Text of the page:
This is a technology-dependent lesson that students can guide at their own pace of exploration and learning. Students share what they learn through the use of Twitter (or alternative classroom sharing medium like TodaysMeet). The use of a social sharing platform like Twitter gives students a place for sharing with a wider audience, for more effective means of communication with each other, for incorporating viewpoints from all students in the classroom, and a means to reference thinking and learning by the use of a hashtag at a later time. Students will understand the role the Allied Air Forces played in the Normandy Invasion. Teachers can use this as a stand-alone lesson or offer more structure by guiding students through each source, one by one. Teachers may learn more about the Eighth Air Force by accessing the ABMC’s Strategic Bombing Campaign Interactive.
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This is a website that connects language learners to tutors, language exchanges, a language learning blog, a forum for asking language questions, and a word of the day option. Arabic word of the day options are currently only available in MSA; Egyptian and Syrian dialects are forthcoming. Games are not currently available for Arabic on the site.
While news from Iran streams to the world, Clay Shirky shows how Facebook, Twitter and TXTs help citizens in repressive regimes to report on real news, bypassing censors (however briefly). The end of top-down control of news is changing the nature of politics. A quiz, thought provoking question, and links for further study are provided to create a lesson around the 20-minute video. Educators may use the platform to easily "Flip" or create their own lesson for use with their students of any age or level.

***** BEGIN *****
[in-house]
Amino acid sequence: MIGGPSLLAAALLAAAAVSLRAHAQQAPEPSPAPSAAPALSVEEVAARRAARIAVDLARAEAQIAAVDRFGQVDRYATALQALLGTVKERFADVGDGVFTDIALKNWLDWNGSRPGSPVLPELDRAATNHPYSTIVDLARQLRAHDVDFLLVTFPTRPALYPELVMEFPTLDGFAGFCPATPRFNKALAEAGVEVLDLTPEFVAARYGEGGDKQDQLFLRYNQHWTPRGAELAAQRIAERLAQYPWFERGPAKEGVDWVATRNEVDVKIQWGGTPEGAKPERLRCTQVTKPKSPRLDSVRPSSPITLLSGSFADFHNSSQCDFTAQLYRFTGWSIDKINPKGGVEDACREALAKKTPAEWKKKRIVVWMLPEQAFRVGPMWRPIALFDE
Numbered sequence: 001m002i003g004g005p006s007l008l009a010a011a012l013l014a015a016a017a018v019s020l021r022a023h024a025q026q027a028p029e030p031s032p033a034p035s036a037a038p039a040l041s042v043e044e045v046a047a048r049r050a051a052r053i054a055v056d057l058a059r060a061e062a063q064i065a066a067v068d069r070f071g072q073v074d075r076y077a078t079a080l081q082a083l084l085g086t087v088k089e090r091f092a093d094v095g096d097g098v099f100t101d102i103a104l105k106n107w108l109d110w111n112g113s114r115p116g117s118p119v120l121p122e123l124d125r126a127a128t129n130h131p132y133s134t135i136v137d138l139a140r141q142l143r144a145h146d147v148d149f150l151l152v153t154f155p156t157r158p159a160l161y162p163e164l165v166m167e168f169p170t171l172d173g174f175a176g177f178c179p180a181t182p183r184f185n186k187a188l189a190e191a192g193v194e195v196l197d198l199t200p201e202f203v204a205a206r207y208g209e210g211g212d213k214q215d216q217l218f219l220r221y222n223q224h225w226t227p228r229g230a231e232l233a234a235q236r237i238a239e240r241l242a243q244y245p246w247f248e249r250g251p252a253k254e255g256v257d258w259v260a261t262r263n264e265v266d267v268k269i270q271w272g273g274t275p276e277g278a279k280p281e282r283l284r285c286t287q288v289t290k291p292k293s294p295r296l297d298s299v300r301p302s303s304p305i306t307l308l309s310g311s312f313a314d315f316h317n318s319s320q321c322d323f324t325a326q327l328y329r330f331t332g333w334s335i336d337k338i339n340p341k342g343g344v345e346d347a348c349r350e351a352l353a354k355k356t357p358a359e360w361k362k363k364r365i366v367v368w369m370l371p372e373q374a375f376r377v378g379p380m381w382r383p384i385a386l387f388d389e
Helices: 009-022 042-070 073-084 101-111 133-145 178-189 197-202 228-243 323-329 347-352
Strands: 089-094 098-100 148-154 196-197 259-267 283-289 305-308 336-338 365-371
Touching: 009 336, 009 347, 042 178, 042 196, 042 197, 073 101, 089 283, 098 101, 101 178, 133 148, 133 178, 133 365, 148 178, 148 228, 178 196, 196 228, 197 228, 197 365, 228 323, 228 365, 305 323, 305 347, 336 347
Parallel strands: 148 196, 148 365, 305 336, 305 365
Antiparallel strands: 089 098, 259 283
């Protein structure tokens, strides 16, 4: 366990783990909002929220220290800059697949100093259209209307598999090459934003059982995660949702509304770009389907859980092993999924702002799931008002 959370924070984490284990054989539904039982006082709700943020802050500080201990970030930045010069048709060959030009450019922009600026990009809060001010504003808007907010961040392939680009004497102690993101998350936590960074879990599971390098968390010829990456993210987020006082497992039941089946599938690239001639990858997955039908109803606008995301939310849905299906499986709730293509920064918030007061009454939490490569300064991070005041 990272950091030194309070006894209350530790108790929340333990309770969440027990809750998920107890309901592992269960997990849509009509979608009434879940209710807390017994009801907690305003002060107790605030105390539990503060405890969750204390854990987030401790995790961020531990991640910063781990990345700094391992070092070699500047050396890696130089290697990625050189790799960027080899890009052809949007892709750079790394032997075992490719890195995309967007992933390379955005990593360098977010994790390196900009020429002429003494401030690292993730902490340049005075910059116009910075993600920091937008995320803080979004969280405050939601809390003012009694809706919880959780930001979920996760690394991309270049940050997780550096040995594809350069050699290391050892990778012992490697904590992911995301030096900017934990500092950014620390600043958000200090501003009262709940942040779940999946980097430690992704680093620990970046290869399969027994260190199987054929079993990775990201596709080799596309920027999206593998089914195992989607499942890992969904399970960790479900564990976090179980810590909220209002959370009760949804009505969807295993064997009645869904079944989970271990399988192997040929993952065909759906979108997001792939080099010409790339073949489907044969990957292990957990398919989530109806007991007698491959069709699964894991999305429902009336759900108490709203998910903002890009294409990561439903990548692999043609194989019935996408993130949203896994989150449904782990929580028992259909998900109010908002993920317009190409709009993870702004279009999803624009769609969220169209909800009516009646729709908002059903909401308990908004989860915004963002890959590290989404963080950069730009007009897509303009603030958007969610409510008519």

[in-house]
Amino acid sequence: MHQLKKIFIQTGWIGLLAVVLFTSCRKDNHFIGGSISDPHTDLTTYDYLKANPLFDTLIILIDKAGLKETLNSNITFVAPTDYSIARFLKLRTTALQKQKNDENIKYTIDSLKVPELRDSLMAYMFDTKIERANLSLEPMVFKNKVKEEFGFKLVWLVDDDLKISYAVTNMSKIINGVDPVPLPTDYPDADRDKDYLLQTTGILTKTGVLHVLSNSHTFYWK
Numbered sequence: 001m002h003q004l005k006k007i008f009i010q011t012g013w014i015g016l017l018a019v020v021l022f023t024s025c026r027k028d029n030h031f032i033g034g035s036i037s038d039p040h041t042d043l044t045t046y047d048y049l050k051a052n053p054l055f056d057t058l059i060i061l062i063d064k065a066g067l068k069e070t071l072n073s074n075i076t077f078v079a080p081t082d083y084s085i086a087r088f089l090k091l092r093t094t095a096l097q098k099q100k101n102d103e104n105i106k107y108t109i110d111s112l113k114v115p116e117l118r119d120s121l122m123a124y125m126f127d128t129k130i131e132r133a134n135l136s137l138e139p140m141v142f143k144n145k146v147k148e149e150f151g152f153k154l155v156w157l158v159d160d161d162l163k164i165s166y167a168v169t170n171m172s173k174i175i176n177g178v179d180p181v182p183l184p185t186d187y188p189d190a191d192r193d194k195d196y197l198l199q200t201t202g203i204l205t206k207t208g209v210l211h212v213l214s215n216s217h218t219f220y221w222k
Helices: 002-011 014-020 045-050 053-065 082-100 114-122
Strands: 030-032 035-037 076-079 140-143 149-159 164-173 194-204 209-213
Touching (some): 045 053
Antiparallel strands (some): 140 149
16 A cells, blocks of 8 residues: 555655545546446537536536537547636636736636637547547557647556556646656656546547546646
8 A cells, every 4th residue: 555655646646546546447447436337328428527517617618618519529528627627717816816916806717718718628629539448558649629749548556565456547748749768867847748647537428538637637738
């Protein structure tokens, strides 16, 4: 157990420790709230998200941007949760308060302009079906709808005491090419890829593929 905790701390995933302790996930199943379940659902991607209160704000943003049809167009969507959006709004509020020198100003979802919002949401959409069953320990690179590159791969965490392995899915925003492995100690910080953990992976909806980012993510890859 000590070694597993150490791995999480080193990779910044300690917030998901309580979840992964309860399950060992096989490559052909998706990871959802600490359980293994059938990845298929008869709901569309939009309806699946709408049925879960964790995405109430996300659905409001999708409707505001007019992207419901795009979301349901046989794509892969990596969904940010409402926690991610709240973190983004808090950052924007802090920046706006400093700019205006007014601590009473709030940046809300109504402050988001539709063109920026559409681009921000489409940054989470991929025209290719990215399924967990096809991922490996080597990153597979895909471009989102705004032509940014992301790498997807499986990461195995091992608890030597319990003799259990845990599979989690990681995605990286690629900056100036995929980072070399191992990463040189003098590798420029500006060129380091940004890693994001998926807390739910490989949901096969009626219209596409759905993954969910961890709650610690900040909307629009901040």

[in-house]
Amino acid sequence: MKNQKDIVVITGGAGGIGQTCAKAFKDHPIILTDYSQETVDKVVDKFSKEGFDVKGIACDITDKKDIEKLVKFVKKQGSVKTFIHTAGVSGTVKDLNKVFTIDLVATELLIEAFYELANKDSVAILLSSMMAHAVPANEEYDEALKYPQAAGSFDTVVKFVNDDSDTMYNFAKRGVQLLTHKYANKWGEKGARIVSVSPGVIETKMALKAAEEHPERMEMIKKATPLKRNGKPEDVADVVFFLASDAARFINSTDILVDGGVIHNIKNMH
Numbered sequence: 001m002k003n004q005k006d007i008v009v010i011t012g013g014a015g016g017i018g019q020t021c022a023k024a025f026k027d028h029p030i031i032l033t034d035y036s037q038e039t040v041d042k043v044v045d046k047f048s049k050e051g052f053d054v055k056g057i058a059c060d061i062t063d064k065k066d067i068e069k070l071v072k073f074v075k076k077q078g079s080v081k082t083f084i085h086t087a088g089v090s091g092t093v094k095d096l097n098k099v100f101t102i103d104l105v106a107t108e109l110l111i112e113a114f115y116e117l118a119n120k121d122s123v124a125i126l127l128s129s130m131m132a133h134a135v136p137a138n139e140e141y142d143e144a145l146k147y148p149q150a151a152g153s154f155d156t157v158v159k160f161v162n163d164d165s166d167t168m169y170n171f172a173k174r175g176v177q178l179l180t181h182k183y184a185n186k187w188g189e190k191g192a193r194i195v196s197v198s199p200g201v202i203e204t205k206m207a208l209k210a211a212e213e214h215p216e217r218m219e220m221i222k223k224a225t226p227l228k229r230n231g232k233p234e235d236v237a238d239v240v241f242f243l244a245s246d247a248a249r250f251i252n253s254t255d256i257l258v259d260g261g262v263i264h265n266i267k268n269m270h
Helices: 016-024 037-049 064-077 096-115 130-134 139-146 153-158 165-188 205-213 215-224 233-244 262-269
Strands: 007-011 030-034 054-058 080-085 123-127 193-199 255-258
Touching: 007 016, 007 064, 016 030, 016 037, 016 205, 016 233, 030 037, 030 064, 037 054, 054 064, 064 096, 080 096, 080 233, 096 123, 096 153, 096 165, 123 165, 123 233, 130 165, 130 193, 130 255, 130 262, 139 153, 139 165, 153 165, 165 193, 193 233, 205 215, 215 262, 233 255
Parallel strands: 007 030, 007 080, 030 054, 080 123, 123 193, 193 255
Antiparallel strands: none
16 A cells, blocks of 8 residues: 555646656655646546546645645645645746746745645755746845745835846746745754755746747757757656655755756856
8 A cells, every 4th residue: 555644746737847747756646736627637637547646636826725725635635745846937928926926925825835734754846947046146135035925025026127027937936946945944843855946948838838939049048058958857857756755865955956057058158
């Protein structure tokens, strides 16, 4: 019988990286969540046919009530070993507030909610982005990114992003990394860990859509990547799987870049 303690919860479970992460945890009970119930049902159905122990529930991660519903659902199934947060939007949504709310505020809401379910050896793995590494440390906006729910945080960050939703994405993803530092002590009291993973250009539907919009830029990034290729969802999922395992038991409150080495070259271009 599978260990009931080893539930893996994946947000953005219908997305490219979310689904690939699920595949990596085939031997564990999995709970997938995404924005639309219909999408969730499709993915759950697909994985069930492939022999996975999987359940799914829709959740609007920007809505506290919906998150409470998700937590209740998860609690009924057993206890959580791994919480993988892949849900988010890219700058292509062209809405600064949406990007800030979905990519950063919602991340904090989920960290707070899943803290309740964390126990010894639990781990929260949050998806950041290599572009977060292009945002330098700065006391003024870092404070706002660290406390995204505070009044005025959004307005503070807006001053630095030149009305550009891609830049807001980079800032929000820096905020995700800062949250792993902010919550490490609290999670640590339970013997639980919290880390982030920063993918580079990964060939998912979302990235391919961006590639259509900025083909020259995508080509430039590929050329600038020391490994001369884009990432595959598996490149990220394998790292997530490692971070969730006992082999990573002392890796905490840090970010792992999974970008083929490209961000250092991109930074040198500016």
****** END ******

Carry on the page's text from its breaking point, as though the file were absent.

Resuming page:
If you’re going to present to a tech-savvy audience you need to know how the presentation landscape has changed with the advent of Twitter and other backchannels.
Twitter was not the first tool to be used as a backchannel, but it is the one that has had the most impact on conference presentations so far. Twitter first grabbed the attention of mainstream presentation bloggers and commentators during an interview at the 2008 SXSW conference. The interviewer wasn’t asking the questions the audience wanted answered. In the past, audience members would have grumbled internally or maybe whispered to their neighbour. But this was a tech-savvy, Twitter-enabled audience and they started tweeting their discontent. The grumbling accelerated. And knowing they had backing, members of the audience started taking over the interview.
This OER showcases the use of tools such as twitter, blogs, and other forms of social media, as a project for increasing cultural awareness in the classroom. These tools create spaces in the classroom for culturally responsive engagement between Native and non-Native students. Using contemporary indigenous activism as the focus of a semester-long project, I will discuss the steps taken to enable students to explore contemporary Native issues from indigenous perspectives. The ‘real-time’ environment of social media enables the students to engage with multiple indigenous perspectives in a pro-active, rather than passive, manner. The OER will also show how this exploration leads to increased student intellectual awareness and engagement with the indigenous world around them.
This activity is designed to help students understand the representation of Maslow's Hierarchy of Needs in everyday communications. Students will first read about the concept, then explore a familiar environment -- Twitter -- for expressions of it. (The activity can be adapted quickly for use with other social media applications and communication sites.) This activity was created by Dr. Sally B. Seraphin, University of Tennessee-Knoxville.
Introducing teachers who instruct Generation Z students with new technologies to teach history, including "Today's Meet," "Padlet," "History Pin," and Twitter for Educators.
An online presentation of 22 ways (and counting) to use Twitter in the classroom.